Country Roads Take Me Nowhere

Iwas recently driving to Temecula for reasons I won’t go into because I have forgotten them when I noticed a sign saying, “Clinton Keith Road, Next Right.” I hadn’t been down that direction in a while, so I decided I would get off there and see what this “Clinton Keith Road” was, exactly.

The only thing I found was a hospital. That’s all. So I began thinking, “Why did they name the street ‘Clinton Keith’ instead of ‘Hospital Street?’ Or ‘Doctors Avenue?’ Or ‘Ambulance Chasing Lawyers Circle?’ Or ‘We Won’t Even Look at You Unless You Have Adequate Insurance Coverage Lane?’ Who is this Clinton Keith person and why is he so all-fired important? Did I just run that stop sign?” I should really stop thinking when I’m trying to drive.

Anyway, when I returned home, I called up my friend Ed Farrell to see what he knew about it. I chose Ed because 1) he used to live here, and 2) he has the ability to make embarrassing noises with both armpits AT THE SAME TIME, so his name just naturally springs to mind when I think of Lake Elsinore.

Ed told me he didn’t know, but that he thought we should investigate and write a column about it. “You want to do research?!?” I said, laughing. “What, are you nuts?” But research we (kind of) did.

Our first step was to see what the populace of Lake Elsinore thought, and the obvious way to do that, of course, was to go to Kmart. The most popular response we received there, before we were thrown out by the management, was, “Clinton Keith. Isn’t that a road, or something?” When we informed them that we weren’t looking for some obscure freeway overpass, but, rather, an actual physical presence, the main reaction was, “I don’t know.” One particularly inspiring “I don’t know” came from a young man who asked that we not use his name, which is Brian McKay. His “I don’t know” wasn’t just your garden-variety moron’s “I don’t know,” but the “I don’t know” of a man who is sincerely lost . The kind of “I don’t know” that takes teams of scientists years and years of careful research to formulate. We could tell that Brian was just as obsessed with finding the answer as we were pretending to be.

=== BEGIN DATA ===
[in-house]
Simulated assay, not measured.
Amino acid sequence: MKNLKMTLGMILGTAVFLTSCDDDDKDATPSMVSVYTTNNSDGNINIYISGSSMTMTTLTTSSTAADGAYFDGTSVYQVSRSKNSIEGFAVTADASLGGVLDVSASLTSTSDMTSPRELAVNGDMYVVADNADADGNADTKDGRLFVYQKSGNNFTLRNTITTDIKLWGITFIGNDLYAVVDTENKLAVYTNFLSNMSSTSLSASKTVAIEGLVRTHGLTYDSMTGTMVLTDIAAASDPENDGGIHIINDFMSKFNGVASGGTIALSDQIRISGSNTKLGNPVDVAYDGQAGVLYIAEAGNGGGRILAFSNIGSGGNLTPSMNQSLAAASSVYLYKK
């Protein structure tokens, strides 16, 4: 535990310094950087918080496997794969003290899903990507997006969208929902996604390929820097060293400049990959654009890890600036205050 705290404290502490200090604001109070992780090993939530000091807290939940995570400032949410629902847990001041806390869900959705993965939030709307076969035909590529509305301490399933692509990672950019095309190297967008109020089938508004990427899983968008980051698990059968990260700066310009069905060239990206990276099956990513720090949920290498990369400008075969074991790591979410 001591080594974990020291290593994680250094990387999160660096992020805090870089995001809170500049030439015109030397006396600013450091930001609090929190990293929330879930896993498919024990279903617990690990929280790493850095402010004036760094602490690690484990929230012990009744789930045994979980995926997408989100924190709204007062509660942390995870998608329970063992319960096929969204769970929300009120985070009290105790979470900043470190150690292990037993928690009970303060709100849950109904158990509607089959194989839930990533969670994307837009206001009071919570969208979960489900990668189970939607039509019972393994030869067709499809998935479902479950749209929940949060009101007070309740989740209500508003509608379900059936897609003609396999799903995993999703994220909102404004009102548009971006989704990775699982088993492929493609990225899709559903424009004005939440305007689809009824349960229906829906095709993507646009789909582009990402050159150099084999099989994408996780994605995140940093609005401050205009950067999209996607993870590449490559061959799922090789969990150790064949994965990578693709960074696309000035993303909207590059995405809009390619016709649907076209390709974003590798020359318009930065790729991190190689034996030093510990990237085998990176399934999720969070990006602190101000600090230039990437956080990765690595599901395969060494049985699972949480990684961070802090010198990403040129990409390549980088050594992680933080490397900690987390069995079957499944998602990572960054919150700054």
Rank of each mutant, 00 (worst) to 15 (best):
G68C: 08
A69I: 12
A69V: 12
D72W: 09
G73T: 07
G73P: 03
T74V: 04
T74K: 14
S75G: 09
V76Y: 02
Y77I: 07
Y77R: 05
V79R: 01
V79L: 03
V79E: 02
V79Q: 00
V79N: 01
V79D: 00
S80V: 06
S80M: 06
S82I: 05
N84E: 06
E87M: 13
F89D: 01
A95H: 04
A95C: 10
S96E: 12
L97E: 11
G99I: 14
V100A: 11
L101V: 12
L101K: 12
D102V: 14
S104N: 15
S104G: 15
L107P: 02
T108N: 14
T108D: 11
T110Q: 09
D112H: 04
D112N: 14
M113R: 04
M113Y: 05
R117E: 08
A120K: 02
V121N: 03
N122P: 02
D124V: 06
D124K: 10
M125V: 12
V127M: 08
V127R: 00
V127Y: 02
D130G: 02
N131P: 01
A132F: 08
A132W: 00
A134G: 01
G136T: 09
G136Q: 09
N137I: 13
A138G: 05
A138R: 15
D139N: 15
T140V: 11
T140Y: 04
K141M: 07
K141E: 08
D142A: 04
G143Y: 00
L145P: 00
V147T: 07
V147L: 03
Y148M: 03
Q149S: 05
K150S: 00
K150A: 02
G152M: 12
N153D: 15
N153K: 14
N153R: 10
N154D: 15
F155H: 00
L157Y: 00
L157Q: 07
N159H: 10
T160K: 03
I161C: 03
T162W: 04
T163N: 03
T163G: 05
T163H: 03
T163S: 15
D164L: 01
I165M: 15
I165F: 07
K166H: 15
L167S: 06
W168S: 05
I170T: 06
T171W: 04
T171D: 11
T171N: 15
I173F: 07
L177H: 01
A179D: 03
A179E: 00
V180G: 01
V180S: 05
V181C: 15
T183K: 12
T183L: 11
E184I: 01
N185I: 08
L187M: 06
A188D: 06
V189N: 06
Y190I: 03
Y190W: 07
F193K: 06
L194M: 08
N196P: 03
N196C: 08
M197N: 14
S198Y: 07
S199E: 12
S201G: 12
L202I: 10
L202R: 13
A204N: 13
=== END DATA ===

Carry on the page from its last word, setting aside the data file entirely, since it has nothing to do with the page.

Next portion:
Our next approach was to attempt communication with the residents of a place called “Elsinore High School,” or, sometimes, “Heck, with a Gym.” It was at this bizarre place that we encountered two persons named Jay and Clint, or maybe Bob and Marvin. We can’t seem to recall exactly. At any rate, this is the conversation as we recorded it.

ERIC: Pardon me. Do you know who Clinton Keith was?

JAY, or maybe BOB: Clinton Keith. Sounds familiar. He’s some kind of historical dude or something.

CLINT, or maybe MARVIN (We would prefer CLINT, if we were him): He’s dead, isn’t he?

JAY/BOB: Yeah, I think so.

CLINT/MARVIN: So who cares? He’s just dead, that’s all.

ED: (Whispering to ERIC) Imbeciles, both of them.

Our last remotely intelligent theory came from someone who claimed that Clinton Keith was a two-headed man with one head named Clinton, the other, Keith. This supports the legend that the ancient Incas had, but goes against the beliefs of the fanatical religious cult called TFEE (True Followers of Ed and Eric, you may have seen them at the airport), who believe that Clinton Keith is the blind idiot god of chaos residing atop a throne of human skulls somewhere in the underworld. Or perhaps that was Saddam Hussein. At any rate, we can’t believe we have any strength left after this much mental aberration. We also can’t believe we just used a word like “aberration” and thought we could get away with it.

Our research ended on an auspicious note. Several sightings, it seems, have been made behind Circle K’s across America. Footprints of what appears to be our man have been plaster casted. We will continue the search as long as we live! We will never give up! It is our sole obsession.

Until next week.

Ed Farrell, mentioned in this column, was two years ahead of me in school. He had a near-genius I.Q. and was a brilliant thinker. He was also tremendously odd. I don't recall ever meeting anyone as odd as he was. He originally had this idea -- looking for the real "Clinton Keith" behind Clinton Keith Road -- and wrote about it in a column in the high school paper. I liked the idea and wanted to plagiarize it, but decided to have him work with me on it instead.

Is this column funny? No. But it reflects actual teamwork, and for that you should be proud, or at least tolerant.